Wednesday, November 9, 2011

Dedication of the Lateran Basilica

Today we celebrate the Feast of the Dedication of the Lateran Basilica.  The Lateran was built by Constantine in A.D. 324 or so.  It is considered the mother church of Rome and the world.  As it is a feast there are two readings and the Gloria.  My homily is below followed by a few photos.

Dedication of the Lateran Basilica  
Ez 47:1-2,8-9,12
Ps 46: 2-3,5-6,8-9
1 Cor 3:9c-11,16-17
Jn 2:13-22

Water.  The source of life. The slaker of thirst. Everything on earth depends on it.

Water  Intertwined in all of human history both violent and peaceful.

Water.  Flowing from the Temple in the eschatological promise of Ezekiel. 

Water. Making glad the city of God in the Psalm.

Today's feast is a sign of devotion to, and unity with, the Chair of Peter which, St Ignatius of Antioch noted, “presides over the whole assembly of charity.”  Today we do not celebrate a church building as the name of the feast would seem to indicate.  We celebrate the Church.

We celebrate the Church into which one enters exclusively through the waters of baptism The Church which can have no other foundation than the one that is already there: Jesus Christ. . . . the foundation from which and from whom living waters flow in all directions to all peoples;  if they choose to bathe in those waters.   If they are willing to drink of the living water that Jesus offers. 

Jesuit Father Stanley Marrow gives a trenchant comment on today's gospel. “One incidental and puzzling aspect of the narrative is how generation after generation can read or hear the account itself and yet persist in clinging to their cherished image of Jesus.  They cherish an image of Jesus so 'gentle and mild' as to be incapable of overthrowing anything, not even the reader’s smugness. . . . The Jesus in the pages of this or any other gospel is not exactly a standard-bearer for bleeding hearts . . . .the aim is not to provide us with the biography of an inspiring hero, proportioned to the size of our ambitions, conformed to our ideals, and meeting our currently prevailing notions of what constitutes greatness.”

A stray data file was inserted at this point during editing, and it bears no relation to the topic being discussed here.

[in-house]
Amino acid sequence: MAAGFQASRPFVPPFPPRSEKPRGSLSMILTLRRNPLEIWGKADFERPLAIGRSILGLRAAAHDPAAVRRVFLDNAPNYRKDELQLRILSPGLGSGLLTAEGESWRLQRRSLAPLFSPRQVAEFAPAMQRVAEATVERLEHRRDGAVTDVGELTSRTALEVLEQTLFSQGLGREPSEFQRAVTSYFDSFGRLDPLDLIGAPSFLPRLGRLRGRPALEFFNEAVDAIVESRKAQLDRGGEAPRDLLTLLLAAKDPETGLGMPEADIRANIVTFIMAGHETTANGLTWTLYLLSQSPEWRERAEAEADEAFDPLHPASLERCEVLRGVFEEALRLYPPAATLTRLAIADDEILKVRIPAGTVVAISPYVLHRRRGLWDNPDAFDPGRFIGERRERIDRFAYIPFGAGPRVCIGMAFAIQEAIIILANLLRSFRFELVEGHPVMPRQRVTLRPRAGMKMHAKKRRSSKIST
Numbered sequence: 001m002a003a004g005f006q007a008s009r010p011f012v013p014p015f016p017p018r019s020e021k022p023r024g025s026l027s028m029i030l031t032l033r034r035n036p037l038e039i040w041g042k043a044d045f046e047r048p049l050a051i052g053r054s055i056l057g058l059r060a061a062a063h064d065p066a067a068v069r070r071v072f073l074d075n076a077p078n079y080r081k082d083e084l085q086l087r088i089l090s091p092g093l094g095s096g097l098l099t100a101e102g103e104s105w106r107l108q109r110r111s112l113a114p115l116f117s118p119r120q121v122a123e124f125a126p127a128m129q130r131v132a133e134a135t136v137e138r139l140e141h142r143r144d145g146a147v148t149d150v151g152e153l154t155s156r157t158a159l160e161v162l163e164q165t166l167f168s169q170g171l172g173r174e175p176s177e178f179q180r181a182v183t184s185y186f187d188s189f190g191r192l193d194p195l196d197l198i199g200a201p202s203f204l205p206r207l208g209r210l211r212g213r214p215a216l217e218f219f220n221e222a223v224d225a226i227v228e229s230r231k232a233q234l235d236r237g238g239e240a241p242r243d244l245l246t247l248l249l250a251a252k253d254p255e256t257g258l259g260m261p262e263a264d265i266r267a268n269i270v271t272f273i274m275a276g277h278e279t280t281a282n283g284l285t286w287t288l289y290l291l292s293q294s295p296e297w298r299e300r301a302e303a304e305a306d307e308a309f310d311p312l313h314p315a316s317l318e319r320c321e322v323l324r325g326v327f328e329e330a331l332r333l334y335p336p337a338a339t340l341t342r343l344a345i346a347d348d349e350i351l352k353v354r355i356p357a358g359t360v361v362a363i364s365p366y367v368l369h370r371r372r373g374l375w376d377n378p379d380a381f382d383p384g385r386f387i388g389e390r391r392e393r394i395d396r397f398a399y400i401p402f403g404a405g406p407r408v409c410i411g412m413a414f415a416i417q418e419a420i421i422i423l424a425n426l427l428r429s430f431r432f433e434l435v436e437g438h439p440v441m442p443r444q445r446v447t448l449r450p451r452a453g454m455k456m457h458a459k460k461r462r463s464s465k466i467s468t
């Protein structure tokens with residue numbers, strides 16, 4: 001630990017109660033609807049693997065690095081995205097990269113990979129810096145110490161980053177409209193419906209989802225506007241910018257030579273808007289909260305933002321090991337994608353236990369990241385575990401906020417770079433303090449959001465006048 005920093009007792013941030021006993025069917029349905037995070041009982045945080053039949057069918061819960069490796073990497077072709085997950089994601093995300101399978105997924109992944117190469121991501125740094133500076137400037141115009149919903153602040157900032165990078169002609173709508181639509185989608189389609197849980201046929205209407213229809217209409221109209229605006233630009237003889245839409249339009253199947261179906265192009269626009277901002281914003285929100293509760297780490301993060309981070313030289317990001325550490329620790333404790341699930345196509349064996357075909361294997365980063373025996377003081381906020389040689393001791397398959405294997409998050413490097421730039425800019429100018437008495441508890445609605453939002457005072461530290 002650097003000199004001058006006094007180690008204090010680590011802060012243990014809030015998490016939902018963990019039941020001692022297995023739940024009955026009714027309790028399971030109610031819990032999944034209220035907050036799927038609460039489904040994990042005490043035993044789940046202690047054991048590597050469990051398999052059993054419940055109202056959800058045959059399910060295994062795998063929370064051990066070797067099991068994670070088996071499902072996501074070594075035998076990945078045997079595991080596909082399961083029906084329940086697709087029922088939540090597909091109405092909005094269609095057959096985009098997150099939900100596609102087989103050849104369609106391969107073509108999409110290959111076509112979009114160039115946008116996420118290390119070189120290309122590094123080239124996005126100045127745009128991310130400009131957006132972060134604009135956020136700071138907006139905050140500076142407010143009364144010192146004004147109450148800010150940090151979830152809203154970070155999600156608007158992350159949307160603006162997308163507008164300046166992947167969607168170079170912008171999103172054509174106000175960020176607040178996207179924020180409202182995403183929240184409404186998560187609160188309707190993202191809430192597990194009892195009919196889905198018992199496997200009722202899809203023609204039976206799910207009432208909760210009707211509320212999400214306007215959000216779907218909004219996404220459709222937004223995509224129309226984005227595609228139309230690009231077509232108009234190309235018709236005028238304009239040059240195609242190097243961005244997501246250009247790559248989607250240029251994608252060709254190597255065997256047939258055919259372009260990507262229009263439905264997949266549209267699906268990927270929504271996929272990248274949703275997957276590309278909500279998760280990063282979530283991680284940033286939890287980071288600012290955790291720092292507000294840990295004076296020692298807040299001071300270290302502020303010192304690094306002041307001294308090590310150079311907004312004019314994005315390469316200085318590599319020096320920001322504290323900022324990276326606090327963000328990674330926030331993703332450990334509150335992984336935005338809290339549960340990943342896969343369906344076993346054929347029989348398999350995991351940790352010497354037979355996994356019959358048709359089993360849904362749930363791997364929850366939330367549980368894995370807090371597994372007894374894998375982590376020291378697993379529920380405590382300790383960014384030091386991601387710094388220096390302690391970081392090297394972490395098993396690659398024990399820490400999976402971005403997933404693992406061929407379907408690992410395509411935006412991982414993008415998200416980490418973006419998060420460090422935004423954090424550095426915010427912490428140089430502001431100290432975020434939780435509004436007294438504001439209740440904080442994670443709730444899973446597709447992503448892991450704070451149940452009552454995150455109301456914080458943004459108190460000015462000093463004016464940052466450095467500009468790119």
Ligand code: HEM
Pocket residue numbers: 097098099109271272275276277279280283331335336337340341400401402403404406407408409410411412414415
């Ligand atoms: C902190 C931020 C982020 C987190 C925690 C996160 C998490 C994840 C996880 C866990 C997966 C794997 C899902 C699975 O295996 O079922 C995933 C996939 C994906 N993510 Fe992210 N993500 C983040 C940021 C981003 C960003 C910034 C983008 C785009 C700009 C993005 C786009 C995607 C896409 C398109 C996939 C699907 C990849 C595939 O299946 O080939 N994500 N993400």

The elemental nature of this feast, as reflected in the Gospel, reflects the elemental nature of water.  Without water human life cannot exist for long. Without zeal for God’s house, without zeal for preaching His word, the Church cannot exist. 
Nighttime photography is fun and frustrating.  A tripod is an absolute necessity.  If not a tripod then a sturdy wall.  The first photo of hotels at Sun Moon Lake in Taiwan used the latter method.
I did buy a tripod in Australia.  The investment paid off the night of the St. Ignatius Feast at Milson's Point with the following photo of Sydney Harbor and the Opera House. 

The next two are peacocks near Sun Moon Lake in Taiwan.  They knew I was impressed.  Just check out those expressions. 

 Autumn is a lovely time in D.C.  The leaves change much later than in New England.  These are from sunrise this morning.  The first shows fog lifting from the Potomac with the Washington Monument (still closed) in the distance.  
And finally the trees in the small lawn in front of the Jesuit Residence.  Over twenty years ago I bought mom six of the red bushes called burning bushes.  The turn a spectacular crimson color as the weather turns cold.  These things can grow to tremendous size if not trimmed.  
Will be in Plymouth over the weekend.  Another homily in the offing and perhaps some photos.  
+Fr. Jack, SJ

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